I am SO tired of Katrina coverage! We've heard it already! Devastation! We know there's devastation! My god, if NPR continues to bombard me with four or five Katrina stories every day, I'm going to shoot myself! Stop, for the love of God, stop!

NPR's reports on the war in Iraq are also evoking similarly split responses. Listener Lynne Harrison says:

I have reached the point where I simply turn off the radio now when NPR starts with all the death statistics and recounts in great detail the ins and outs of Iraqi politics. Enough already.... All this emphasis on the death count does nothing constructive whatsoever.

'Compassion Fatigue'

I've seen this before. It's called "compassion fatigue" and it happens whenever there is a long-running news story that shows no signs of resolution. Listeners can become bored by even the most compelling story, if it seems never to change. Journalists are challenged to report the story in ways that must keep the interest of the audience without ratcheting up the drama to the point of distortion.

Less News or Less 'Fluff'

The current news environment, where the daily leads are almost always stories of war, human or natural disaster, or threats to global security, casts a huge shadow over the kinds of social and cultural stories that are an NPR trademark. Listener Timothy Haxton makes the point:

Instead of getting detailed news reports and analysis of the innumerable important national and international issues, I have been hearing long and uninformative human interest stories. Even worse, there seems to have been a significant increase in articles about religion. These have not been news reports (which of course could be quite significant) but have instead been various discussions about individuals faith or beliefs or feelings about their religion.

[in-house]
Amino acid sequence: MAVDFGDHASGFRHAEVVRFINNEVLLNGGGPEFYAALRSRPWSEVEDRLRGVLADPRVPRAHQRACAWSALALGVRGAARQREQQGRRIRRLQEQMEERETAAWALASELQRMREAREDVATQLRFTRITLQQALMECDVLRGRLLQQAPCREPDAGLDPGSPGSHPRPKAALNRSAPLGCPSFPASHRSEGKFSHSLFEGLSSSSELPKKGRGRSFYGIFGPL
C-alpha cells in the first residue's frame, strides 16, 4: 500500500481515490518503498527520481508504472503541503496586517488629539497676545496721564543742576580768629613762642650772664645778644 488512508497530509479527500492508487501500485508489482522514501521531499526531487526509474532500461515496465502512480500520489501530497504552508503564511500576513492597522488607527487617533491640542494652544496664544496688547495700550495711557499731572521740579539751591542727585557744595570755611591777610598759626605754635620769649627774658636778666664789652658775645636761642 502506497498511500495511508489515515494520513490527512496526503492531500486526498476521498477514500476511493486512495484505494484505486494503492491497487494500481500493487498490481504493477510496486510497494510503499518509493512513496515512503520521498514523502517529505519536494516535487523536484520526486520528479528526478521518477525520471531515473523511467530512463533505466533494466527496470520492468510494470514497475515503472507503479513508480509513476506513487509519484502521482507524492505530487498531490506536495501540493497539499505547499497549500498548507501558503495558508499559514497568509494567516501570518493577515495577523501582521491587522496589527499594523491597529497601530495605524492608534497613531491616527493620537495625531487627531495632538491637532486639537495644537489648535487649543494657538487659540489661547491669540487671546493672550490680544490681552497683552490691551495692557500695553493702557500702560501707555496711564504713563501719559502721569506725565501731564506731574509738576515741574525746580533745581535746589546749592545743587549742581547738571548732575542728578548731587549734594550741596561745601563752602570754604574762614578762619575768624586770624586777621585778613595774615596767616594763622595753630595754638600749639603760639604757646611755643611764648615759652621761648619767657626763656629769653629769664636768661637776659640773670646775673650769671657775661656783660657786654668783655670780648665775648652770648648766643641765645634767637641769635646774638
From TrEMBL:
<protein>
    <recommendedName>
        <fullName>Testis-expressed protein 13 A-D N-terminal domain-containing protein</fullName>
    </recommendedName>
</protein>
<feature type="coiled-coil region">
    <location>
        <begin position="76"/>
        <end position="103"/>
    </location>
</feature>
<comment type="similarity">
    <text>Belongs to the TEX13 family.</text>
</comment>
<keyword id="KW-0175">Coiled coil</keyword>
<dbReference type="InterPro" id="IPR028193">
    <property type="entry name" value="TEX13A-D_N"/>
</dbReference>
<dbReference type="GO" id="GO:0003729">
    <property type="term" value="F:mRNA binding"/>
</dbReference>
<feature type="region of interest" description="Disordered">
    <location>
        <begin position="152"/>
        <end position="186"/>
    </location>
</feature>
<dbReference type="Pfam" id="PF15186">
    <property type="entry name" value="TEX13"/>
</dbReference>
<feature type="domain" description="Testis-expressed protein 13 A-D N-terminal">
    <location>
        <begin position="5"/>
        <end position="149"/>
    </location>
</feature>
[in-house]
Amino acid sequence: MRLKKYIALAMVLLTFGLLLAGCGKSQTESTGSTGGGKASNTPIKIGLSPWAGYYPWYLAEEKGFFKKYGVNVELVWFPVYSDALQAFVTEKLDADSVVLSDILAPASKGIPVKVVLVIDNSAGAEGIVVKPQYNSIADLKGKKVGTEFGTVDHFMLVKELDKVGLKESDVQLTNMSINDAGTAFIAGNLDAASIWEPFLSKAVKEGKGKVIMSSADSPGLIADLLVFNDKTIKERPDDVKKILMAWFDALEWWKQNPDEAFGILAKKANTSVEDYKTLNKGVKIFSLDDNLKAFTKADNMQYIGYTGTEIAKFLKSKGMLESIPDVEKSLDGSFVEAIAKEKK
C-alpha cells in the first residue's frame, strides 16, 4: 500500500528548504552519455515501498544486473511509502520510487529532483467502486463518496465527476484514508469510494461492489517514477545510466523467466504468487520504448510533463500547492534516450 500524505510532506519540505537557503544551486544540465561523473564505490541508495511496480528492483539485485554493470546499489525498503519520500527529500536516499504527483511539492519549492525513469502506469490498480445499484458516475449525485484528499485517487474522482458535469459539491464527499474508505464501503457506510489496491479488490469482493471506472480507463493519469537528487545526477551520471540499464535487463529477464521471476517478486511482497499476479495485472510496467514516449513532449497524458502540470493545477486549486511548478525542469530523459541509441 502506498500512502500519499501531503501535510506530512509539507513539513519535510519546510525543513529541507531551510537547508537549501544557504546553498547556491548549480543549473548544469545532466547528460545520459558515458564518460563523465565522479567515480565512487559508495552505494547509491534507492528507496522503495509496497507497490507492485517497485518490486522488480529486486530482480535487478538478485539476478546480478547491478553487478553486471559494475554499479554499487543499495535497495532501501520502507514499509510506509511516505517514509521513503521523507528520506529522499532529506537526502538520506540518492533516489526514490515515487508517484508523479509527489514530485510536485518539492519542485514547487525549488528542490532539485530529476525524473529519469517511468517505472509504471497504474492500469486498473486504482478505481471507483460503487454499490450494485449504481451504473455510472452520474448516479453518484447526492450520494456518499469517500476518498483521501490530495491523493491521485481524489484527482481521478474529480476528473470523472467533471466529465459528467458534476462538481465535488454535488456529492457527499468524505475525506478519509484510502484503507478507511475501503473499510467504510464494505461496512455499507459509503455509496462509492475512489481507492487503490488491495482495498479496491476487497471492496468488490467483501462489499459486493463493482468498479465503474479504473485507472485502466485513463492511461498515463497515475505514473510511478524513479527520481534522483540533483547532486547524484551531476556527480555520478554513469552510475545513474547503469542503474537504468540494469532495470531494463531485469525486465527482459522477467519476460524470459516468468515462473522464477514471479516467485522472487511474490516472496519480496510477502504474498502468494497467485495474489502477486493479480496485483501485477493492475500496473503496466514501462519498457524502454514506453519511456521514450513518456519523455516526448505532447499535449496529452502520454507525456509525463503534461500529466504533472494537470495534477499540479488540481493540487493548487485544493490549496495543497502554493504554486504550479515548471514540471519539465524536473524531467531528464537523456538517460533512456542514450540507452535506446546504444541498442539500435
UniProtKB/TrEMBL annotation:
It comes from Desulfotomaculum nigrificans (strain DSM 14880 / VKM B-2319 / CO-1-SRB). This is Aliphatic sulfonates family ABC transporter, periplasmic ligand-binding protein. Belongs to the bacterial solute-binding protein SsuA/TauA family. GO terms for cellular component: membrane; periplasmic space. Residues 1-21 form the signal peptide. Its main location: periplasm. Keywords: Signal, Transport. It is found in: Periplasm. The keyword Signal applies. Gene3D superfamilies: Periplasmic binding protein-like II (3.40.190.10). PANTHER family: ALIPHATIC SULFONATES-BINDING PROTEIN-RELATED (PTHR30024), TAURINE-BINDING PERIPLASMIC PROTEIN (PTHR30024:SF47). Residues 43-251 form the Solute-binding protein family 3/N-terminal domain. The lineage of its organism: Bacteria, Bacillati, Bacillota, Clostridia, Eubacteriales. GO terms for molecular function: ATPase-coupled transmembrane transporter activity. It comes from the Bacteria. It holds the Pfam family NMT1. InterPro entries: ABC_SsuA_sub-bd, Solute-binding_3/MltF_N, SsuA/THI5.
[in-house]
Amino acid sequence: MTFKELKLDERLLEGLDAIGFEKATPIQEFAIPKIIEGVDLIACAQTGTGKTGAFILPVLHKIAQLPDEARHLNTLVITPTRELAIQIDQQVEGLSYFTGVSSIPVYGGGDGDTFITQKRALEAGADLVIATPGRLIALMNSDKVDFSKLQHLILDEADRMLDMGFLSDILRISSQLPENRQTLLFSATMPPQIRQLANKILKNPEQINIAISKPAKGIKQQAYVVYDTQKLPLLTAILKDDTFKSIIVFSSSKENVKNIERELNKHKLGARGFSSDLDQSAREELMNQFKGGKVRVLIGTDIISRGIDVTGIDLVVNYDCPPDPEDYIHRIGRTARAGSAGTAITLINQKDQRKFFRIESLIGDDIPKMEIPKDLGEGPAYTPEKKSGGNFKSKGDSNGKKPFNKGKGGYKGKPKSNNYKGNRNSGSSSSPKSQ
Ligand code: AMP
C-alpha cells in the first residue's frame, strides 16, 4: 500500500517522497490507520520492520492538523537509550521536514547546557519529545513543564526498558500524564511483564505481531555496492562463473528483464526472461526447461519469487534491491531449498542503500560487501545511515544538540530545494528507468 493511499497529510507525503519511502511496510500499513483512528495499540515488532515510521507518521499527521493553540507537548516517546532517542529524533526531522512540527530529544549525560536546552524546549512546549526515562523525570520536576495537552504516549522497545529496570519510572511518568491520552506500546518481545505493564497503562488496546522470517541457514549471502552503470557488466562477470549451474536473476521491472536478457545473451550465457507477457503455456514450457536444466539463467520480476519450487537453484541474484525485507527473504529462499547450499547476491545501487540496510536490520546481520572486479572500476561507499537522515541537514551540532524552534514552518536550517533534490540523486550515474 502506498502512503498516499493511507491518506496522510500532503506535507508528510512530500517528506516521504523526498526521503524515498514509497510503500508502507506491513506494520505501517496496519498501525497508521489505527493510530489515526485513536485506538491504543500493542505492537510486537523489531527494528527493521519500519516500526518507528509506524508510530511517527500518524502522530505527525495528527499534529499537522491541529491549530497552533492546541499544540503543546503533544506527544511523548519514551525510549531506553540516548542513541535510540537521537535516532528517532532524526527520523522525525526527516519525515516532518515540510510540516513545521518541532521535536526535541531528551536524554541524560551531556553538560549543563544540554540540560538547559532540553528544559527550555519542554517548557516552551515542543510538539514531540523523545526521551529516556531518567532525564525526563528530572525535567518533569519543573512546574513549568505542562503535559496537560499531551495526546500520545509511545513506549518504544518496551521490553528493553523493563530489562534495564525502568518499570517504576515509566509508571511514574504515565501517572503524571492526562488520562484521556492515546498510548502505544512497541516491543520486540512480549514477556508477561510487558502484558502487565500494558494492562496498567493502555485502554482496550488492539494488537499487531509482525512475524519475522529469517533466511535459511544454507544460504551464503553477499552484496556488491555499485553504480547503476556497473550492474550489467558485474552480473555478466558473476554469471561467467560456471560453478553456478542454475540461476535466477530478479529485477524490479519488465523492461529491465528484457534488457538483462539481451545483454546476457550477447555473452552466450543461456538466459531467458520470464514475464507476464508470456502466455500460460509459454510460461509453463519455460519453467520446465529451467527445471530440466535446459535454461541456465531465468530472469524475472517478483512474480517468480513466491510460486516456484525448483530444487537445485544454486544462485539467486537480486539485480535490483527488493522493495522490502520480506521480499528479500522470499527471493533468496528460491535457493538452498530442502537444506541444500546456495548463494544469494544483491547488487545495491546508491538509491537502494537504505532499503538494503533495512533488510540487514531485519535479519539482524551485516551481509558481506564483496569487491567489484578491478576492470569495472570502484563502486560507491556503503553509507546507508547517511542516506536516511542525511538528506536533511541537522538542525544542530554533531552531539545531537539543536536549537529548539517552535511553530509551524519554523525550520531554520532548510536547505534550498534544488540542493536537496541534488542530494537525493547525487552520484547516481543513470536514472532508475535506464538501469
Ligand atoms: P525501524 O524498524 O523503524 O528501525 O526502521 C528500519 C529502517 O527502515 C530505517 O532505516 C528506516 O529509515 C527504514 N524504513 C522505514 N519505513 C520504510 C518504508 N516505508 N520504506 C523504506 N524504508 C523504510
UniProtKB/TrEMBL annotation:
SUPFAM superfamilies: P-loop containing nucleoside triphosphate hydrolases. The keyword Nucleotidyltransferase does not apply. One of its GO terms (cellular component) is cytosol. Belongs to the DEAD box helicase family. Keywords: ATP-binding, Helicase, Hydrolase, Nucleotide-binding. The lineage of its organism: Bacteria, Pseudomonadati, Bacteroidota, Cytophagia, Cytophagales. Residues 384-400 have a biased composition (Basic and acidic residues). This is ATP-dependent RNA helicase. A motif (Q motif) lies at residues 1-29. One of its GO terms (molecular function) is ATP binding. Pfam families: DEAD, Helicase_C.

Faced with these completely contradictory demands, what is a news organization to do?

The executive producer of All Things Considered is Chris Turpin. I asked him how he balances the hard news with the softer, less news-oriented features.

It's a tough question because it all depends on how you define features (or hard news for that matter.) We're looking to cover the news of the day, but our goal is always to have a textured, sound rich program with a good mix of material. Some days we do better than others at achieving that, of course. Most days it's a 50/50 mix.

Question: Have you sensed that NPR is running more feature or "fluff" material than it used to?